Dugi Otok

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Dugi Otok
Isola Lunga.JPG
Western shore of Dugi otok
Croatia - Dugi Otok.PNG
LocationAdriatic Sea
Coordinates44°01′N 15°01′E / 44.017°N 15.017°E / 44.017; 15.017
Area114.44 km2 (44.19 sq mi)[1]
Highest elevation337 m (1,106 ft)[1]
Largest settlementSali (pop. 740[2])
Population1,655 (2011)[1]

Dugi Otok (pronounced [dûɡiː ǒtok]; Croatian for "Long Island", Italian: Isola Lunga) is the seventh largest island in the Adriatic Sea, part of Croatia. It is located off the Dalmatian coast, west of Zadar. It is the largest and westernmost of the Zadarian Islands, and derives its name from its distinctive shape: it is 44.5 km (27.7 miles) long by 4.8 km (3.0 miles) wide,[3] with an area of 114 square kilometres (44 sq mi)[4]). Its elevation reaches 300 m; and many of its higher portions contain stands of Maritime Pine.

The western coast is tall and rugged, and many of the towns are clustered on the eastern side, including Sali, the largest, Zaglav, Žman, Luka, Savar, Brbinj, Dragove, Božava, Soline, Verunić (Verona) and Veli Rat[5]. A nature park, Telašćica, covers the southern part of the island and is adjacent to Kornati Islands National Park.


Map. The longest island is Dugi Otok

The island has been inhabited since prehistoric times, as evidenced by many archeological sites that have still not been fully investigated. The earliest findings date back to Paleolithic, and numerous hillforts and grave sites are evidence of continuous settlement throughout Eneolithic, Bronze Age and Iron Age.[6]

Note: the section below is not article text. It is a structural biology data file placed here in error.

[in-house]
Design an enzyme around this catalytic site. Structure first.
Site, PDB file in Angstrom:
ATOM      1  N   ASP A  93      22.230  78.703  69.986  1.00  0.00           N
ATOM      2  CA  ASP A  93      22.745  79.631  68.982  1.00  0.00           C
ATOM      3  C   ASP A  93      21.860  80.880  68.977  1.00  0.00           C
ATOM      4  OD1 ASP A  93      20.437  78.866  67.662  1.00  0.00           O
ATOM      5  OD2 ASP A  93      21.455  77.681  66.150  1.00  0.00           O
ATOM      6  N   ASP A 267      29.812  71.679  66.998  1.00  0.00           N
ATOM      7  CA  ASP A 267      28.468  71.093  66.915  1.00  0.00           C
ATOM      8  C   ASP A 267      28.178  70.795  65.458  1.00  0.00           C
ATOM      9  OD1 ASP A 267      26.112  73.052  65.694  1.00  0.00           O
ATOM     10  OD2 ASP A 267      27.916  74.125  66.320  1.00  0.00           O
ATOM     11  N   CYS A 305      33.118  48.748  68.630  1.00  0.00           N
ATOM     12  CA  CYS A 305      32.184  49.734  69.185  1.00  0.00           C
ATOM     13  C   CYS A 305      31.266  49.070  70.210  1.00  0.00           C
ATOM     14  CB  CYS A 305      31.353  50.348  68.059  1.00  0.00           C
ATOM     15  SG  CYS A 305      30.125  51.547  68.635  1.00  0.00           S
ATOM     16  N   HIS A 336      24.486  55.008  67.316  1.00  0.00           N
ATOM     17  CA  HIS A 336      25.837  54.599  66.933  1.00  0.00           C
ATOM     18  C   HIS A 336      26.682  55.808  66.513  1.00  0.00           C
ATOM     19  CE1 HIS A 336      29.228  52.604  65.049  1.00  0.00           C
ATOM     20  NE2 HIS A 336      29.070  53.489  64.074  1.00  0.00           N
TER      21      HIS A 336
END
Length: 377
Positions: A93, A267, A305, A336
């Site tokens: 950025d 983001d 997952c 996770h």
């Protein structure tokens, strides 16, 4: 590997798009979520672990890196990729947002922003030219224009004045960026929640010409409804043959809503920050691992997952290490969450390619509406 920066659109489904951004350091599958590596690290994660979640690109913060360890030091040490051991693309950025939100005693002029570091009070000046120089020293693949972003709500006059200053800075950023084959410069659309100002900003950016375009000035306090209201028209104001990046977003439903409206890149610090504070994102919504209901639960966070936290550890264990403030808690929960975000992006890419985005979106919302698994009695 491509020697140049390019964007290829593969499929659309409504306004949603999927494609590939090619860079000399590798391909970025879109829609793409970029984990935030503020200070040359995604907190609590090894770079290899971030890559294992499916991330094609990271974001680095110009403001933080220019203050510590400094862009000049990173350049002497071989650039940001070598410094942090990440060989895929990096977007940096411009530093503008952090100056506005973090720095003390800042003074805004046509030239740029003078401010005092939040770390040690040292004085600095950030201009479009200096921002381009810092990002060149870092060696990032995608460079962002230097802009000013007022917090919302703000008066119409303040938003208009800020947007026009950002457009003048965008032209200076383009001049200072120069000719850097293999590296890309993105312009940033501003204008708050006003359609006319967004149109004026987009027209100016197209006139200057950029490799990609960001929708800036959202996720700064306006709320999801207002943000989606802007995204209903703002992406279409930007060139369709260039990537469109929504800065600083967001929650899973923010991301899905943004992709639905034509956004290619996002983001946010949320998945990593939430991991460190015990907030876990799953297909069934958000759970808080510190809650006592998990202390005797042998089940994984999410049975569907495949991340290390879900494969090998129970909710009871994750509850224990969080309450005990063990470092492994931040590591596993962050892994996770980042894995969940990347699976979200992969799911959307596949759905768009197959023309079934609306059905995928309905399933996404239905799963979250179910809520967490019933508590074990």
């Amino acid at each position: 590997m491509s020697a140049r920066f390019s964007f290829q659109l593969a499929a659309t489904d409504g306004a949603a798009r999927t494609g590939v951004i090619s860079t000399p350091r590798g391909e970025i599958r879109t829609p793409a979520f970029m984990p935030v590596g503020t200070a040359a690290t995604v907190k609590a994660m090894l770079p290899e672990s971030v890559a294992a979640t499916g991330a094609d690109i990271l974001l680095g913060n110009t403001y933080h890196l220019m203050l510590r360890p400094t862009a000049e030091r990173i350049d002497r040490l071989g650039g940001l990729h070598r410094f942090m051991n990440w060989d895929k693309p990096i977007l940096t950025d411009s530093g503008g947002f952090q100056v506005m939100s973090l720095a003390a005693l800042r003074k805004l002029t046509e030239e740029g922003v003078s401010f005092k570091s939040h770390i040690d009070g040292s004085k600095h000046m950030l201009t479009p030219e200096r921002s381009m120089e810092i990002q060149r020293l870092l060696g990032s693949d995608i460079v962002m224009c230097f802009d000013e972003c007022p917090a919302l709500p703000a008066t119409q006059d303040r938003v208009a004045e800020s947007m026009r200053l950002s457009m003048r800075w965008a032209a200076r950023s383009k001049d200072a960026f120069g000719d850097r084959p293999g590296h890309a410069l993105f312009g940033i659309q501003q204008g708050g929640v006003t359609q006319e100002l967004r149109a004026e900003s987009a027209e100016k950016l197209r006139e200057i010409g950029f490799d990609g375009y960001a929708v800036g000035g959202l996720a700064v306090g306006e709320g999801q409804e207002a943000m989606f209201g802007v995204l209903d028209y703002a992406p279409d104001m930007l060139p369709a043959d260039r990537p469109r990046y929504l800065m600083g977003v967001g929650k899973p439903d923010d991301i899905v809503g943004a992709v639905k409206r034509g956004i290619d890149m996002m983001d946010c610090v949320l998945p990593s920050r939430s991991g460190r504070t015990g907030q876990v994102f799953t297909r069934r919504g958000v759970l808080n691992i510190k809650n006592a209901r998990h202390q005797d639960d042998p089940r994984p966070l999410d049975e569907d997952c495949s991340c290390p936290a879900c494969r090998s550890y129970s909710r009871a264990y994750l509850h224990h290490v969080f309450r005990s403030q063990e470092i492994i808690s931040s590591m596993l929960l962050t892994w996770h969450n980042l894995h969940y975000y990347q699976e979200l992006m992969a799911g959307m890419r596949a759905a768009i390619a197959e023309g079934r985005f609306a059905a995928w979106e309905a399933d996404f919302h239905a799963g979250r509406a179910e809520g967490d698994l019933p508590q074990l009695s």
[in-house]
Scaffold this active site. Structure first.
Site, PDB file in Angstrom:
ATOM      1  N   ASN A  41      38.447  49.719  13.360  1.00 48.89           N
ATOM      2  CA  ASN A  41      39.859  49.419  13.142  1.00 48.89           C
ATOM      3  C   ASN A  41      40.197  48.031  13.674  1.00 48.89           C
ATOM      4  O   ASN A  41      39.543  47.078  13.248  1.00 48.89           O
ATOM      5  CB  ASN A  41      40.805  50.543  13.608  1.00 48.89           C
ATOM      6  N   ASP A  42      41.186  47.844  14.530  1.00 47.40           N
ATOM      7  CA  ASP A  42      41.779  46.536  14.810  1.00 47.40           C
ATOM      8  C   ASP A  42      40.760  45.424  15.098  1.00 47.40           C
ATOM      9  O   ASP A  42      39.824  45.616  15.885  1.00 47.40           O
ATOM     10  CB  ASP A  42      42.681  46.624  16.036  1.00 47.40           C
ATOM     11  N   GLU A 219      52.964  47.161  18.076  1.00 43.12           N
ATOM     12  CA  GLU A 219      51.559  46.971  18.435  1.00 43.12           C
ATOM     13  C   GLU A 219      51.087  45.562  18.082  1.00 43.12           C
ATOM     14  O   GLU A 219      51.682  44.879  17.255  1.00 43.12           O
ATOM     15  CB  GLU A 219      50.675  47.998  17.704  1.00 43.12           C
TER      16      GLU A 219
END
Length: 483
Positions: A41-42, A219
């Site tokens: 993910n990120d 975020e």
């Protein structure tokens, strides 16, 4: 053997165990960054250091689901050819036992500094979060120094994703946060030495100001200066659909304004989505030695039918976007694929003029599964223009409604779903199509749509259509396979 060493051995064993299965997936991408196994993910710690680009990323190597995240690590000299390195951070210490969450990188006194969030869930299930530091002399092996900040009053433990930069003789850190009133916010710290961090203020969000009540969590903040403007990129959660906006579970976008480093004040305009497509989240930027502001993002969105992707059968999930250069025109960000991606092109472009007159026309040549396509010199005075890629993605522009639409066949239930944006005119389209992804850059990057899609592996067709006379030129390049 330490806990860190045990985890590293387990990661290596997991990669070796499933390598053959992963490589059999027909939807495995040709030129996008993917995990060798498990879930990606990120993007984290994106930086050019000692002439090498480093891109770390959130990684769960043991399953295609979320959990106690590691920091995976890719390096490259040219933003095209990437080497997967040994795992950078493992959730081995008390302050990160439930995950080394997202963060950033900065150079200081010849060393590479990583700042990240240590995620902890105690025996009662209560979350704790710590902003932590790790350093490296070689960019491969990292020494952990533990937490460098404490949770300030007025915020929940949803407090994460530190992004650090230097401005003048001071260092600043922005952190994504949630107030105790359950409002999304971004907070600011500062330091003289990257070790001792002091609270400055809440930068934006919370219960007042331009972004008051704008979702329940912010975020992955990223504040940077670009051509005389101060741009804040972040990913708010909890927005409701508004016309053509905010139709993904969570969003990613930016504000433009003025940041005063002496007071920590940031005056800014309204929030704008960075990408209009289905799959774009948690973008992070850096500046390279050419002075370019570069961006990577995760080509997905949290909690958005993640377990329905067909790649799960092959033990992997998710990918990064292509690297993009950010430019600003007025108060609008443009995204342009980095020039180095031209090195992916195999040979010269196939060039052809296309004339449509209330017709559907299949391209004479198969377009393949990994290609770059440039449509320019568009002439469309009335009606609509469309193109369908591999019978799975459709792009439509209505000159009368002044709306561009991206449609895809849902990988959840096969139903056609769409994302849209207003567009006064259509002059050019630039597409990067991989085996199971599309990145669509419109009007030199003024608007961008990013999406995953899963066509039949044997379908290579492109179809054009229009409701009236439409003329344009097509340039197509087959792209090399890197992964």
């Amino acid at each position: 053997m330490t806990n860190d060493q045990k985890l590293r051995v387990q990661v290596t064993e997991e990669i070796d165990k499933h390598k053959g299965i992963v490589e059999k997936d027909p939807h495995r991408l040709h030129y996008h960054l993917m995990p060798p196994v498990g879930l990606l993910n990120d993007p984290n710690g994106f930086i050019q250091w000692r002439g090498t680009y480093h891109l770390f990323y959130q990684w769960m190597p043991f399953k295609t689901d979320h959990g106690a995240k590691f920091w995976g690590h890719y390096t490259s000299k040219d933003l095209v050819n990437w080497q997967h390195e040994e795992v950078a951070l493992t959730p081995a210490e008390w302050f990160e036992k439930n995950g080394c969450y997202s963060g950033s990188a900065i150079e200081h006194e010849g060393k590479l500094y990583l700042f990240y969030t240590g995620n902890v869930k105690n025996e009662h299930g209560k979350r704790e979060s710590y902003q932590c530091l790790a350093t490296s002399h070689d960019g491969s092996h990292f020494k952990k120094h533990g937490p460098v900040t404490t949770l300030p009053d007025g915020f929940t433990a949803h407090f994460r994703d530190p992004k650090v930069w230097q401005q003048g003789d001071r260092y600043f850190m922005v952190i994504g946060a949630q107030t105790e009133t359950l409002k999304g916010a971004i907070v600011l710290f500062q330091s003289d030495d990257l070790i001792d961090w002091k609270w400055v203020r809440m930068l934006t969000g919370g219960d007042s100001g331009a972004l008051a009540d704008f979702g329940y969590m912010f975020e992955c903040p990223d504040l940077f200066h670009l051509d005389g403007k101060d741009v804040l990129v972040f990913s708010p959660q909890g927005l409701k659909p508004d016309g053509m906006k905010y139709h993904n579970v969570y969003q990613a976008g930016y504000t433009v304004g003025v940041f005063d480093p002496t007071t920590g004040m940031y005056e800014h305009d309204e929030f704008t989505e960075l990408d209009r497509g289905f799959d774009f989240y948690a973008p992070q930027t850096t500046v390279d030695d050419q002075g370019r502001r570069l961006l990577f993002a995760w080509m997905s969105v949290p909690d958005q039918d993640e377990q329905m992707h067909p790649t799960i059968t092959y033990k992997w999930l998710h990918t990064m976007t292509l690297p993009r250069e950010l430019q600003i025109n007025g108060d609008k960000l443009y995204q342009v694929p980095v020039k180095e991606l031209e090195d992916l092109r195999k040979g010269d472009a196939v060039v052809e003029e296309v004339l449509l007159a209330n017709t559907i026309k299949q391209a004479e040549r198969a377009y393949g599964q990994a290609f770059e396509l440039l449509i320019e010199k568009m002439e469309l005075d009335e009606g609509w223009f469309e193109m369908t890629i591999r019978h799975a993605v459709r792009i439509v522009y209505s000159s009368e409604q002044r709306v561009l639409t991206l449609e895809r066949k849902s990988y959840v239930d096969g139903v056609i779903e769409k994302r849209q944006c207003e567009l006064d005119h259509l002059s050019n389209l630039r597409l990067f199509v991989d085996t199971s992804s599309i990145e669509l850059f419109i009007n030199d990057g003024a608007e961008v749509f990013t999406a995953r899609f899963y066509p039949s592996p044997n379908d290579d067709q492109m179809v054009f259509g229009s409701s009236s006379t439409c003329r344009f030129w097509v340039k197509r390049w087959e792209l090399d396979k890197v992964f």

The Byzantine Emperor Constantine VII in the 10th century mentioned it under the name of Pizuh, and later it was called Insula Tilagus in documents ("pelagos" in Greek means sea), and its Latin name was Insula maior. In the 15th century it was registered as Veli otok.

The old and main settlement on the island was located in the southern area. It has only been inhabited significantly since the Turkish invasions (15th-16th centuries). Until then the island belonged to Zadar monasteries and citizens.[7] Nowadays there is a total of 11 settlements on the island, and they are all on the north-eastern side of the island concerned primarily with fishing, although salt was once produced here.

The village of Veli Rat is also home to the Veli Rat lighthouse, another spectacular sight. The beautiful island of Dugi Otok, with a Mediterranean climate and ancient Croatian culture, receives very few visitors. Olive oil, figs, cheese and wine accompany the seafood in the natives' diet. A definite step back in time, the island boasts an ancient church and some Roman ruins. It is in close proximity to Kornati.


The salt lake

More than 1500 hectares are covered with vineyards, orchards and arable land, about 752 hectares are pasture land and about 300 hectares undergrowth which in some places is used as a forest land. The vegetation is more pronounced in the northern and central areas of the island. The south-eastern part belong to the Kornati.

See also[edit]


  1. ^ a b c Ostroški, Ljiljana, ed. (December 2015). Statistički ljetopis Republike Hrvatske 2015 [Statistical Yearbook of the Republic of Croatia 2015] (PDF). Statistical Yearbook of the Republic of Croatia (in Croatian and English). 47. Zagreb: Croatian Bureau of Statistics. p. 47. ISSN 1333-3305. Retrieved 27 December 2015.
  2. ^ "Population by Age and Sex, by Settlements, 2011 Census: Dugi Otok". Census of Population, Households and Dwellings 2011. Zagreb: Croatian Bureau of Statistics. December 2012.
  3. ^ Džaja 2003, p. 13.
  4. ^ Duplančić Leder, Tea; Ujević, Tin; Čala, Mendi (June 2004). "Coastline lengths and areas of islands in the Croatian part of the Adriatic Sea determined from the topographic maps at the scale of 1 : 25 000" (PDF). Geoadria. Zadar. 9 (1): 5–32. Retrieved 2011-01-21.
  5. ^ "Popis mjesta Dugog Otoka". dugiotok.hr.
  6. ^ Čuka 2006, p. 67.
  7. ^ Naklada Naprijed, The Croatian Adriatic Tourist Guide, pg. 190, Zagreb (1999), ISBN 953-178-097-8


External links[edit]

  • Media related to Dugi otok at Wikimedia Commons